I’ve already heard of one memory vendor commenting that it is difficult to guarantee stability on a system with that many RAM sockets unless you buy a matched kit of eight modules. Going two at a time, or even with two quad kits reduces the chance for stability on a non-stock system –more so if you don’t buy all of the same type of modules.

        • loophole
        • 8 years ago

        That’s true – one DIMM per channel is always recommended for the ultimate stability when overclocking.

        I like the idea of just using four (of eight) DIMM slots if you want stability so you still have upgrade room (for a boatload of RAM) in the future, but maybe having the extra and longer traces on the board would make a difference, so that the four unfilled DIMMs would negatively impact on stability… Not sure. Or maybe we could bring back continuity RIMMs to help that ๐Ÿ˜›

        Really, I just like to have my cake and eat it too.

    • internetsandman
    • 8 years ago

    Will it be possible to see a GENE version of the X79 lineup? If ASUS is using 8 DIMM slots across its whole range it’ll be interesting to see how they cram everything onto an MATX board, seeing as how they’ve done the same for every other intel chipset since x58

    If we see a mITX board on this platform I will seriously burst out laughing though

    • Shark
    • 8 years ago

    Those look pretty awesome to me.

    • yokem55
    • 8 years ago

    So, am I the only one wondering what a system with 64GB of ram would be like? I swear it was just yesterday I was excited that my Celeron-A system had 64MB in it…..

      • tootercomputer
      • 8 years ago

      I remember updating my Compaq Presario that had a Super7 mobo and a K6-380 and I upgraded from 64mg of ram to 128mg (cost $100 in 2000) and it was just awesome.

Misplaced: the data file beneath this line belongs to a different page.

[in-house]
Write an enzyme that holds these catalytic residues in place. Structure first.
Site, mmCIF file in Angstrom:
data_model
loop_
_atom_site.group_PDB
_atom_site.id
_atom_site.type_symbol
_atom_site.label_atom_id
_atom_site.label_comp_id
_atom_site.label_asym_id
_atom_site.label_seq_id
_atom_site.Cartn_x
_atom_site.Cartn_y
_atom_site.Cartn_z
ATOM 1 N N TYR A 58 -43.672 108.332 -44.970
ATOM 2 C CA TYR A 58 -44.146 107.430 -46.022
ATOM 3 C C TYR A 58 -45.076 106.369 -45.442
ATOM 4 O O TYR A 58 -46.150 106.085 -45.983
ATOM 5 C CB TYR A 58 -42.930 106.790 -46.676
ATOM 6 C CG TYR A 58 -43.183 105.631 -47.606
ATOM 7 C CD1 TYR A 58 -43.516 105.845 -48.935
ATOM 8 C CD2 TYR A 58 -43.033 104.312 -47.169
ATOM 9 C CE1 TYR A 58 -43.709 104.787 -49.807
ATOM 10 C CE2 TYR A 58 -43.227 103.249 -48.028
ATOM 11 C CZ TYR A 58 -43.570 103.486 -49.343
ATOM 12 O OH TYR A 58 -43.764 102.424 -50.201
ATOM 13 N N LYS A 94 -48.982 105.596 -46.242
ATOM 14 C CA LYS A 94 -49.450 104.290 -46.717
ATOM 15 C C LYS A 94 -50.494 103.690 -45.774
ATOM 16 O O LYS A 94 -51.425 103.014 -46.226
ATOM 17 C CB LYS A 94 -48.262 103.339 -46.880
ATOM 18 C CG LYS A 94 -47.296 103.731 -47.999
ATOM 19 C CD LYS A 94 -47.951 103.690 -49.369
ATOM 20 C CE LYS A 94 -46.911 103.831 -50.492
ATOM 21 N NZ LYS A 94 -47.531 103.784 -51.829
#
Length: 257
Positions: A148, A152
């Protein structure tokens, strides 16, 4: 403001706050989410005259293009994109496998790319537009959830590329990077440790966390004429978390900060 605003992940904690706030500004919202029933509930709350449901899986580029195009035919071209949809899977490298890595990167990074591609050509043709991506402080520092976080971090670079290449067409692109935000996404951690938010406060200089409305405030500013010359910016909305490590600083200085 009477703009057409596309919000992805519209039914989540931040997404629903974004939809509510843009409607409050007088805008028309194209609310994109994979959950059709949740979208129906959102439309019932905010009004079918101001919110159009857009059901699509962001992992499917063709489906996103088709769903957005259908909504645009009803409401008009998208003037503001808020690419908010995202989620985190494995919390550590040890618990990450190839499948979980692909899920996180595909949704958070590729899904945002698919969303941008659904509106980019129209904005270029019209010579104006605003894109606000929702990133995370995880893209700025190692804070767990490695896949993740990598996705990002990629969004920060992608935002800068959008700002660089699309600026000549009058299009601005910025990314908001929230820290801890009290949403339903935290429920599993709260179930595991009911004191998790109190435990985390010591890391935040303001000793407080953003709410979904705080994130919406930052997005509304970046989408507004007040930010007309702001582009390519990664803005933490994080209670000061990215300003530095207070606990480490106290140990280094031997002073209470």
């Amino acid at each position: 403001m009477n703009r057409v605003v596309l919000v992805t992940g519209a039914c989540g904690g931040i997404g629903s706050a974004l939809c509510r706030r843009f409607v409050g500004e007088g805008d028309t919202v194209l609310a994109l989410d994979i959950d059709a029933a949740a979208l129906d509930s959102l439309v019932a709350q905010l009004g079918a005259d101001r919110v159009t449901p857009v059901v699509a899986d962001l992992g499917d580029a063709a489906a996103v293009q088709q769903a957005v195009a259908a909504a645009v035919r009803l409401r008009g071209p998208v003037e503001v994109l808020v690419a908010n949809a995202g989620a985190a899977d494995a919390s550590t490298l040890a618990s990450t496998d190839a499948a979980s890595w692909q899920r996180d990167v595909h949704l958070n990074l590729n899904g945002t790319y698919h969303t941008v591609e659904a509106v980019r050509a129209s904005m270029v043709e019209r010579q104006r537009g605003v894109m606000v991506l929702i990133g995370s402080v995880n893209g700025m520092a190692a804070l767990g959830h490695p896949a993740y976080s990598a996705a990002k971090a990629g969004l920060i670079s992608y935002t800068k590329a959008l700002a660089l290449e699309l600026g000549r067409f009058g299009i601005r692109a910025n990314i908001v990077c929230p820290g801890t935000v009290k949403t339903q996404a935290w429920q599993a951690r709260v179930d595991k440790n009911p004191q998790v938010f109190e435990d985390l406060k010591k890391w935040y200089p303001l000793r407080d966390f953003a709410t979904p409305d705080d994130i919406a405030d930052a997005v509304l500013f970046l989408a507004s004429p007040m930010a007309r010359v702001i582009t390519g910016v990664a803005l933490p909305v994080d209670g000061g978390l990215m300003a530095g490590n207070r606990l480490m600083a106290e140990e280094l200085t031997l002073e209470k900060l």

BTW, I replaced that K6-380 with a K6-450+ on that mobo and the system works to this day. Gathering dust, but it still runs quite well.

        • UberGerbil
        • 8 years ago

        Dude, I was excited when I upgraded my Apple ][+ to 64[b<]K[/b<]. And it cost me $200 for that 16K increment from 48K.

          • ClickClick5
          • 8 years ago

          I remember when 1MB worth of SIMM (30-pin) cost $100. Running 8MB of ram with Windows 3.11 was a blast!

          • Duck
          • 8 years ago

          Heh. That’s Apple RAM prices for ya.

      • PenGun
      • 8 years ago

      I spent nearly $1000 to up from 16MB to 32MB just before the price dropped in half.

    • Duck
    • 8 years ago

    No mATX option. I am disappoint.

      • Ryu Connor
      • 8 years ago

      I’m presuming Asus will release a GENE model of the X79 at some point. Just won’t be part of the initial rush I guess.

    • RickyTick
    • 8 years ago

    In today’s Shortbread there is also a review of some Gigabyte X79 motherboard’s as well as EVGA X79 FTW. What is the benefit of the EVGA having the 24 pin connector turn out at a 90 degree angle?

      • south side sammy
      • 8 years ago

      I didn’t see the board but 2 things come to mind right away. Clean cabling and better air circulation in the case.

      • FuturePastNow
      • 8 years ago